It was the raw hostility of this threat which struck Lee as all wrong. Both chiefs had been at the meeting with Clark, but in keeping with his custom Crazy Horse had let his friend do most of the talking. Crazy Horse only signaled his assent—“Hau! Hau!”—after Touch the Clouds made the long speech. To settle the matter Lee wanted Touch the Clouds to repeat everything he had said to Clark.
Chief interpreter at the meeting in Burke’s house was Louis Bordeaux, paid a hundred dollars a month for his work at Camp Sheridan. Bordeaux was a son of the well-known trader James Bordeaux and of the full-blood Brulé woman Huntkalutawin (Red Cormorant Woman), sister of Swift Bear. Not yet thirty years old, Bordeaux was a handsome man in photographs, on the short side but slender in youth, and “a man of very dark complexion.” On his upper lip was a sparse mustache. The Teton Lakota dialect of the western Sioux had been his first language. He had grown up in his father’s trading posts along the North Platte River. The companions of his youth had been mixed-bloods and Indians. He was married to a Brulé full-blood. For two years he had been a principal interpreter at the big councils between Indians and whites. He had been to Washington with Spotted Tail in 1875, and the chief insisted he come again on the new trip planned by Lieutenant Clark. It was Bordeaux who now put into Lakota the request of the officers to Touch the Clouds—“to repeat what he had said at the council at Red Cloud.”7
“Why, they had interpreters over there,” said a surprised Touch the Clouds. “What do they say?”
But the officers pressed their request, and Touch the Clouds did as he was asked, explaining how the meeting with Clark came about, and what was said. There had been talk of sending the Indian scouts out to fight the Nez Percé but the Sioux did not want to go. Clark called a meeting to press his case, and Touch the Clouds, speaking for himself and the others, told Clark at length why they said no:
We washed the blood from our faces and came in and surrendered and wanted peace. My heart is on the ground but now there is dust in the air and trouble is threatening. You ask us to put blood on our faces again, but I do not want to do this, neither does Crazy Horse. You enlisted us for peace. Then you gave up the buffalo hunt, to our disappointment, and you put a bit in our mouth and turned us around and proposed to go to Washington, but we did not want to go. This latest plan of yours is hard medicine, but we will go north and the soldiers must go with us. We will surround the Nez Perces and whip them and there will be peace all around.8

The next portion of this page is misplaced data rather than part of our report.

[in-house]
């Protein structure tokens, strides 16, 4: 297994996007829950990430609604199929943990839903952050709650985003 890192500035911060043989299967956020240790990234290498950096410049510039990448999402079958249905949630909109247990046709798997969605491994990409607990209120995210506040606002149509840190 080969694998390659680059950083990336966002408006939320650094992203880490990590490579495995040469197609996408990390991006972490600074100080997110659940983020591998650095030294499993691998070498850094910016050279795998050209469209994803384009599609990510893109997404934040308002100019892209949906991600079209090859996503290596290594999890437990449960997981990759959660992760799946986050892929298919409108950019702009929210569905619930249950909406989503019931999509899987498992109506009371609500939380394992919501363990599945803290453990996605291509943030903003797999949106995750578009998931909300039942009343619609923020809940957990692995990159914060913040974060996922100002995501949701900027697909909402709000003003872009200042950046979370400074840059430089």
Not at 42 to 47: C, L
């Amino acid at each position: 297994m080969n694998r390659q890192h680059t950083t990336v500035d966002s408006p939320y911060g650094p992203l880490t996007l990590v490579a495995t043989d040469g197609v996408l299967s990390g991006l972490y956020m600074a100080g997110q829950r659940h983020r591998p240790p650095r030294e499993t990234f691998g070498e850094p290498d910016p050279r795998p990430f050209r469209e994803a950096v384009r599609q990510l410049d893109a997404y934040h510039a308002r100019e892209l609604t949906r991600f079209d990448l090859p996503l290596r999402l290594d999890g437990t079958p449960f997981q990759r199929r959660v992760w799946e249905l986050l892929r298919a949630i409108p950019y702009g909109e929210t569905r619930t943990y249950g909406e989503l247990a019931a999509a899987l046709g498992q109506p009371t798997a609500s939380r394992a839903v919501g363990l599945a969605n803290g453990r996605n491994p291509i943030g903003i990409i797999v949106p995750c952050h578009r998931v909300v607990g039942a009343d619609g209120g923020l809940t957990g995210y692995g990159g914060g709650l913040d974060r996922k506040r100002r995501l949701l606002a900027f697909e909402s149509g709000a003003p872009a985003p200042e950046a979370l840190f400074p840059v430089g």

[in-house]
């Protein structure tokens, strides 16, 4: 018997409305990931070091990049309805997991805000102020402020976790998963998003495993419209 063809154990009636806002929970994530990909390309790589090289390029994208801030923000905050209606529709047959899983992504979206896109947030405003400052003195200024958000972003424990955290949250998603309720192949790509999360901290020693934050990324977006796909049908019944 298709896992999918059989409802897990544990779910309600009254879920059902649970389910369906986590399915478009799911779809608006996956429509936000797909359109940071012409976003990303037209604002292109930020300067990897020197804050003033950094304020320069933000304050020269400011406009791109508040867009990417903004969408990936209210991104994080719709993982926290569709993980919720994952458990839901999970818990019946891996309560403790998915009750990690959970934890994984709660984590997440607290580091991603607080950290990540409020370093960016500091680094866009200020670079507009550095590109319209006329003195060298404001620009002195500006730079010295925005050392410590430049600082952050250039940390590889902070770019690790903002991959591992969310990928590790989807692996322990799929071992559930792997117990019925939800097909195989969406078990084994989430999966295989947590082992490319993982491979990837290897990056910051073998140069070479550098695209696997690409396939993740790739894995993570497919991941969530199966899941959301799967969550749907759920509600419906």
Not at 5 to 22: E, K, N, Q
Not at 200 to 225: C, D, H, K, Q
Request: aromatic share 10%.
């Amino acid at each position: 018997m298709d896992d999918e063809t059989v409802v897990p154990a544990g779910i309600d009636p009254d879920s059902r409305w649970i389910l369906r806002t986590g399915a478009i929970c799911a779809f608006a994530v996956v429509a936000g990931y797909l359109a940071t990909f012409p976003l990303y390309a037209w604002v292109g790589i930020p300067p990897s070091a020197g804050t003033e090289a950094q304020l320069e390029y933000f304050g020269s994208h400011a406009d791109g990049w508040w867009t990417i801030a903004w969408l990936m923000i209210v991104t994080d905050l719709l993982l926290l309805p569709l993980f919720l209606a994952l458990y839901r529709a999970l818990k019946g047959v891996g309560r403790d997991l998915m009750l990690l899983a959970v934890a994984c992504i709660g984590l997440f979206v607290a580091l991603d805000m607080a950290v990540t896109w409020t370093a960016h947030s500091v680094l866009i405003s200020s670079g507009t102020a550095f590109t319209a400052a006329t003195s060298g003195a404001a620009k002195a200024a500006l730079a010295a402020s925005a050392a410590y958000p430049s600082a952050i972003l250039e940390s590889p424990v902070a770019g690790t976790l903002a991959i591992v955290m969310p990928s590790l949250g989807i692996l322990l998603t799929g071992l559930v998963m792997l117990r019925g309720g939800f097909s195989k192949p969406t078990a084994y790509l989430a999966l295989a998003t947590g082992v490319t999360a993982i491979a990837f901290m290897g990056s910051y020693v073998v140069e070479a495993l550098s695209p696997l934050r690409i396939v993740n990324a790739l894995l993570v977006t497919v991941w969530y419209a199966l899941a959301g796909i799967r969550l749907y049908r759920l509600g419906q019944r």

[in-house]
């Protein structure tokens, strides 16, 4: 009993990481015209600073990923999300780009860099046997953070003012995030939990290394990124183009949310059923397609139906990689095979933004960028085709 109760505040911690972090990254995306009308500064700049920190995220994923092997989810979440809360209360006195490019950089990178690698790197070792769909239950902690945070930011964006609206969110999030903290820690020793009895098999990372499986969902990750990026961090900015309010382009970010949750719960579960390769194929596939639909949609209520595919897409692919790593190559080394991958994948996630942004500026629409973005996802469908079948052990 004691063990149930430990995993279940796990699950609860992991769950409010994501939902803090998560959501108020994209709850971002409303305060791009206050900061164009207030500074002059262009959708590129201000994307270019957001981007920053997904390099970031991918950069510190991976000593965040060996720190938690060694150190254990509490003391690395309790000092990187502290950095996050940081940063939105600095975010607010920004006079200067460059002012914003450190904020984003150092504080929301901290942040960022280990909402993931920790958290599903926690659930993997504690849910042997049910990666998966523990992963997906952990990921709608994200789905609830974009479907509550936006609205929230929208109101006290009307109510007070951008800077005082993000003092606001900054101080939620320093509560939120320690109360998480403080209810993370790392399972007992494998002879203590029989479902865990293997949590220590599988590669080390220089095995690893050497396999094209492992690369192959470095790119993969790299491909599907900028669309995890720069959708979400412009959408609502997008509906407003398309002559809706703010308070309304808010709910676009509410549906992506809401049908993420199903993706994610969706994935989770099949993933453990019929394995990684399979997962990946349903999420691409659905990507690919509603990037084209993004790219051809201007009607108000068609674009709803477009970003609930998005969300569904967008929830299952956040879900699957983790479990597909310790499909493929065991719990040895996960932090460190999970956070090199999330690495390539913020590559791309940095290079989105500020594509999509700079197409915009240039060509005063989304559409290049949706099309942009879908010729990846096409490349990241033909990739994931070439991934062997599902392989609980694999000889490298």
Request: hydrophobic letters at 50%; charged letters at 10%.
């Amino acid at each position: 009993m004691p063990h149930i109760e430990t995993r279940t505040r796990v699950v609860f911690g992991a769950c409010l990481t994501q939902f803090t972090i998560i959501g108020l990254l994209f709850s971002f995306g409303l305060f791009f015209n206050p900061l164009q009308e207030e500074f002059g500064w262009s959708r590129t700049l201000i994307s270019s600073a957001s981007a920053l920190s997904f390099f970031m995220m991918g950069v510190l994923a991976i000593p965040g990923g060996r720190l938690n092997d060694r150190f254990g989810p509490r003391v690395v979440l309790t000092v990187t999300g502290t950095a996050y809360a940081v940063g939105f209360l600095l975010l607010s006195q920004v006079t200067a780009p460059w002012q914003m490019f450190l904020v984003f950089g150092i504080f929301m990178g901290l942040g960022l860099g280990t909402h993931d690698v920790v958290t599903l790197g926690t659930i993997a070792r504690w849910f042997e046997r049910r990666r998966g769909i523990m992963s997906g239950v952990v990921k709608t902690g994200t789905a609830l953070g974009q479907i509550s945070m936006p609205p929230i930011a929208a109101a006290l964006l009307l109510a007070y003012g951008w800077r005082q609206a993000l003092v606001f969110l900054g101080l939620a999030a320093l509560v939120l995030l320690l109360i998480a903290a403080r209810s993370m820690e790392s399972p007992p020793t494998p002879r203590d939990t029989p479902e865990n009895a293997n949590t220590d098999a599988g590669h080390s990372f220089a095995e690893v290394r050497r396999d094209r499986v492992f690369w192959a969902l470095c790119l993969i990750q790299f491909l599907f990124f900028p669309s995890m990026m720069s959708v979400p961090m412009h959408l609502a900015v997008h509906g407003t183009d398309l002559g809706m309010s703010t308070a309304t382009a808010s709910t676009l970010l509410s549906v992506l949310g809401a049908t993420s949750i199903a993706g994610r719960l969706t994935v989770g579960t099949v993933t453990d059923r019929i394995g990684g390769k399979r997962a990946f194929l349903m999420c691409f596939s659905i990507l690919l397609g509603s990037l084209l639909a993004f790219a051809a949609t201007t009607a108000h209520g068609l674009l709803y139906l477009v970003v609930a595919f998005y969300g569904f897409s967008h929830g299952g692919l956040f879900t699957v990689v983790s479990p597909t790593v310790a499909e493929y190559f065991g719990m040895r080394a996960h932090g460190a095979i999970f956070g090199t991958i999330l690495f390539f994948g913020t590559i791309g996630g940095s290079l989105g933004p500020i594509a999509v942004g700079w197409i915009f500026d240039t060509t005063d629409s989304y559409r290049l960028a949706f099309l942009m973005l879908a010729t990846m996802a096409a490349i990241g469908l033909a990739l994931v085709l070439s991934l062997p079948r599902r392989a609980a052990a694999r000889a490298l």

These were the words put into English by Louis Bordeaux. They had a very different meaning from the words reported by Clark and Grouard. After listening with growing agitation for several moments, Grouard interrupted Bordeaux and “called [him] down, saying he was not correctly interpreting Touch the Clouds.”
“Louis, you do not understand the dialect of those Northern Indians,” Grouard said.
Bordeaux was furious. He thought Grouard “a very ignorant man in the use of English,” and his command of Lakota was worse—“very broken,” Bordeaux called it. “Frank,” he said, “you cannot teach me my mother tongue.”
Now followed “quite a wordy dispute as to the interpretation of what Touch the Clouds said.” Touch the Clouds grew angry. “You lie!” he said to Grouard. “You lie! You are the cause of all this trouble.”
Touch the Clouds “told Grouard he had misinterpreted him.” Grouard protested that Touch the Clouds was saying something different now; he had changed his words. At this point Burke interrupted, saying all the English-Lakota speakers at the agency trusted Bordeaux; all thought him a “brave interpreter”—he reported what a man said, not what others wanted to hear. “Bordeaux could not be impeached,” said Burke.9
At that Grouard backed off. He would not admit that Bordeaux was right, but when asked if he thought Touch the Clouds planned to go north to fight the whites now, Grouard replied, “I don’t believe he intends doing so now.”10